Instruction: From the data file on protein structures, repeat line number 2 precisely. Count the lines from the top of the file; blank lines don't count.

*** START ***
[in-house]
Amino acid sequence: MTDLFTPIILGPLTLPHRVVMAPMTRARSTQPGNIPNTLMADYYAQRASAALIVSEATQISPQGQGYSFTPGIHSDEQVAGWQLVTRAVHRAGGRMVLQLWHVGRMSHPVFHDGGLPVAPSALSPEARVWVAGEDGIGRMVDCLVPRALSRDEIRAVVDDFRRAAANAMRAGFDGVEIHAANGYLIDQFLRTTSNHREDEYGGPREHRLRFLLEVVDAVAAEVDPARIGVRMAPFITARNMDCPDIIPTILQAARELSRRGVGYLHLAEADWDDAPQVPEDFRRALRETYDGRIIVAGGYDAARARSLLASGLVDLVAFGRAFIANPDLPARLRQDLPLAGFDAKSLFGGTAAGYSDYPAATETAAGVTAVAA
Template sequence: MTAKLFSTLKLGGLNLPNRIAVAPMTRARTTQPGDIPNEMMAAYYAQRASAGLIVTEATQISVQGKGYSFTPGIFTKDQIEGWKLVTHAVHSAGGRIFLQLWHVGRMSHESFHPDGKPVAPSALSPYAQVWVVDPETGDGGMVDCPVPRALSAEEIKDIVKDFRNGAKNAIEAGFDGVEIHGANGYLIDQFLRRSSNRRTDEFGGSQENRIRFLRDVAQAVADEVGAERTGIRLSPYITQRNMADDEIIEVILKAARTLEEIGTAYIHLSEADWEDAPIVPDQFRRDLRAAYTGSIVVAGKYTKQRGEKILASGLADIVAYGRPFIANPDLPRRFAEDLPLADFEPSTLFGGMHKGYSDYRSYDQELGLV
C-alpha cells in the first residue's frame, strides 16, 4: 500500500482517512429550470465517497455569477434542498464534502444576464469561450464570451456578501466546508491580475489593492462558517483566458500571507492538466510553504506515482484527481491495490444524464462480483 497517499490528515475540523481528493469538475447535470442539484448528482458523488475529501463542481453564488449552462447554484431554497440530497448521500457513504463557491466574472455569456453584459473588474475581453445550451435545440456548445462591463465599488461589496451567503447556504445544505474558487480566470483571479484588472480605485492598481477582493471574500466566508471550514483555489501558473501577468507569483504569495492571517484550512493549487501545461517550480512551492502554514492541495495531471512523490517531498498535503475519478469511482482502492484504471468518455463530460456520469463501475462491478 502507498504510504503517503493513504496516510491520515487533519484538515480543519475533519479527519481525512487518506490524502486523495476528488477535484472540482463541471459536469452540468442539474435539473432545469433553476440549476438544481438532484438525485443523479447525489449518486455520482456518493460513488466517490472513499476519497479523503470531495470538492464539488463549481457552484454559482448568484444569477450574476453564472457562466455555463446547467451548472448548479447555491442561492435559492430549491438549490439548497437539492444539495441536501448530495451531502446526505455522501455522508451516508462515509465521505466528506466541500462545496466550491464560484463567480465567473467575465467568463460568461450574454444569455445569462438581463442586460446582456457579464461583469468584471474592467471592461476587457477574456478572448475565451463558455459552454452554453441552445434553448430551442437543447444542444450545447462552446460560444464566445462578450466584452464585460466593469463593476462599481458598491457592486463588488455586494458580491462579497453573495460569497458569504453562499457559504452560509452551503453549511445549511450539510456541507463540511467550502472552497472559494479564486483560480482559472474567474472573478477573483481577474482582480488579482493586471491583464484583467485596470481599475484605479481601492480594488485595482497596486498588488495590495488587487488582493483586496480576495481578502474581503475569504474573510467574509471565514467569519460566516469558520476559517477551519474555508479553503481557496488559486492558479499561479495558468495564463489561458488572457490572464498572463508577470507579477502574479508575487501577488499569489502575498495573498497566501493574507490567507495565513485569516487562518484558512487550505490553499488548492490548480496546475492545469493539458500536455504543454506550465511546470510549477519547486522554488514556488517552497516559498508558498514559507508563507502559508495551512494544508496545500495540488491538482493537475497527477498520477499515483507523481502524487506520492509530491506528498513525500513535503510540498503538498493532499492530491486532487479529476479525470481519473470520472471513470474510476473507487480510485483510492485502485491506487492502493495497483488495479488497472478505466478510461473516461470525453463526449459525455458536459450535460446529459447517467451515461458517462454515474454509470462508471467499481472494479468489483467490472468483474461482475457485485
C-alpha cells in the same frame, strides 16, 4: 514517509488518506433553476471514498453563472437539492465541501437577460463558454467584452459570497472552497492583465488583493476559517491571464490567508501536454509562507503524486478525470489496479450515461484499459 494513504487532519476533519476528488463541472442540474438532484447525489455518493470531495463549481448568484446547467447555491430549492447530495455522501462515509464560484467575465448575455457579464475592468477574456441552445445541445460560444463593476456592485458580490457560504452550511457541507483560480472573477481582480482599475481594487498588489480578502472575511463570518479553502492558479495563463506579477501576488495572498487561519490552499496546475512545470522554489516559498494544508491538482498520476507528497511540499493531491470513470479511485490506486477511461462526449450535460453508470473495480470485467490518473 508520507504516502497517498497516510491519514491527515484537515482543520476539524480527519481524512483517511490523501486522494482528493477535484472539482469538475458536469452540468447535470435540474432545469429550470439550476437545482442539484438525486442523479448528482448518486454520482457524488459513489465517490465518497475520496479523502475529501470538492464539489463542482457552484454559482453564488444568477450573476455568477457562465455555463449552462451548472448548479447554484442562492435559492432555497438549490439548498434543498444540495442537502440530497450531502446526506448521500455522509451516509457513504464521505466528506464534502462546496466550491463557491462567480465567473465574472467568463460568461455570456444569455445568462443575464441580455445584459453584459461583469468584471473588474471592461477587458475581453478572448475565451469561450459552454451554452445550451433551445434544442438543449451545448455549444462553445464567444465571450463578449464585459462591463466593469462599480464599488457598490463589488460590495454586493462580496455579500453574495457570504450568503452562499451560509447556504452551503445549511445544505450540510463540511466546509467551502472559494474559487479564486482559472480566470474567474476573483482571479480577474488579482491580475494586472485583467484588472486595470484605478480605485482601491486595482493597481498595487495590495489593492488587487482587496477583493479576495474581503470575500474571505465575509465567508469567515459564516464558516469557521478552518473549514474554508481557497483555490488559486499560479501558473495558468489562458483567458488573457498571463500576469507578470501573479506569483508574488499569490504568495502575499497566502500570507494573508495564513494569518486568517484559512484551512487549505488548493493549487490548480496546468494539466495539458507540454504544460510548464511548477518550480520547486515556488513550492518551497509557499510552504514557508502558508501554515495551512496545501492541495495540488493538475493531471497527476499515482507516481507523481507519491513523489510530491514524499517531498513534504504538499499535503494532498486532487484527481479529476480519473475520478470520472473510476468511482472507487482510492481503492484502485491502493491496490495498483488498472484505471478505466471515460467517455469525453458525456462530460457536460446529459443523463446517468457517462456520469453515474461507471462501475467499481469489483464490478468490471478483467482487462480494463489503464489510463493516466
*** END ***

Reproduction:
Amino acid sequence: MTDLFTPIILGPLTLPHRVVMAPMTRARSTQPGNIPNTLMADYYAQRASAALIVSEATQISPQGQGYSFTPGIHSDEQVAGWQLVTRAVHRAGGRMVLQLWHVGRMSHPVFHDGGLPVAPSALSPEARVWVAGEDGIGRMVDCLVPRALSRDEIRAVVDDFRRAAANAMRAGFDGVEIHAANGYLIDQFLRTTSNHREDEYGGPREHRLRFLLEVVDAVAAEVDPARIGVRMAPFITARNMDCPDIIPTILQAARELSRRGVGYLHLAEADWDDAPQVPEDFRRALRETYDGRIIVAGGYDAARARSLLASGLVDLVAFGRAFIANPDLPARLRQDLPLAGFDAKSLFGGTAAGYSDYPAATETAAGVTAVAA